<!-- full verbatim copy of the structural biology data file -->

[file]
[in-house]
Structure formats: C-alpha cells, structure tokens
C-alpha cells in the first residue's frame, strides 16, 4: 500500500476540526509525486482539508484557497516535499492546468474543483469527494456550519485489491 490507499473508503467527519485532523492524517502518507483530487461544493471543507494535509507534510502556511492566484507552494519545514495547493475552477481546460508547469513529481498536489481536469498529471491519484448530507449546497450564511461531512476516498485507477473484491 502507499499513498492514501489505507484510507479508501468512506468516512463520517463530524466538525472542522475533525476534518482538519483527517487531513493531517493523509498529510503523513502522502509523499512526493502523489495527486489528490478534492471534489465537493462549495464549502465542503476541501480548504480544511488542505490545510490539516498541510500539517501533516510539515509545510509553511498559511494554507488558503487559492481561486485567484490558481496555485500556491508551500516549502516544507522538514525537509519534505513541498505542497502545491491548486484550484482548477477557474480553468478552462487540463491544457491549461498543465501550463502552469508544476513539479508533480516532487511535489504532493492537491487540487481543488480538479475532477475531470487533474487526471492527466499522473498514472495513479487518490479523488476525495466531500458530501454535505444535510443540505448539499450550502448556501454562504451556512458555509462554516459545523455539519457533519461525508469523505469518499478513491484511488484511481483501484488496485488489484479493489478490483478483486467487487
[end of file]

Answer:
[in-house]
Structure formats: C-alpha cells, structure tokens
C-alpha cells in the first residue's frame, strides 16, 4: 500500500476540526509525486482539508484557497516535499492546468474543483469527494456550519485489491 490507499473508503467527519485532523492524517502518507483530487461544493471543507494535509507534510502556511492566484507552494519545514495547493475552477481546460508547469513529481498536489481536469498529471491519484448530507449546497450564511461531512476516498485507477473484491 502507499499513498492514501489505507484510507479508501468512506468516512463520517463530524466538525472542522475533525476534518482538519483527517487531513493531517493523509498529510503523513502522502509523499512526493502523489495527486489528490478534492471534489465537493462549495464549502465542503476541501480548504480544511488542505490545510490539516498541510500539517501533516510539515509545510509553511498559511494554507488558503487559492481561486485567484490558481496555485500556491508551500516549502516544507522538514525537509519534505513541498505542497502545491491548486484550484482548477477557474480553468478552462487540463491544457491549461498543465501550463502552469508544476513539479508533480516532487511535489504532493492537491487540487481543488480538479475532477475531470487533474487526471492527466499522473498514472495513479487518490479523488476525495466531500458530501454535505444535510443540505448539499450550502448556501454562504451556512458555509462554516459545523455539519457533519461525508469523505469518499478513491484511488484511481483501484488496485488489484479493489478490483478483486467487487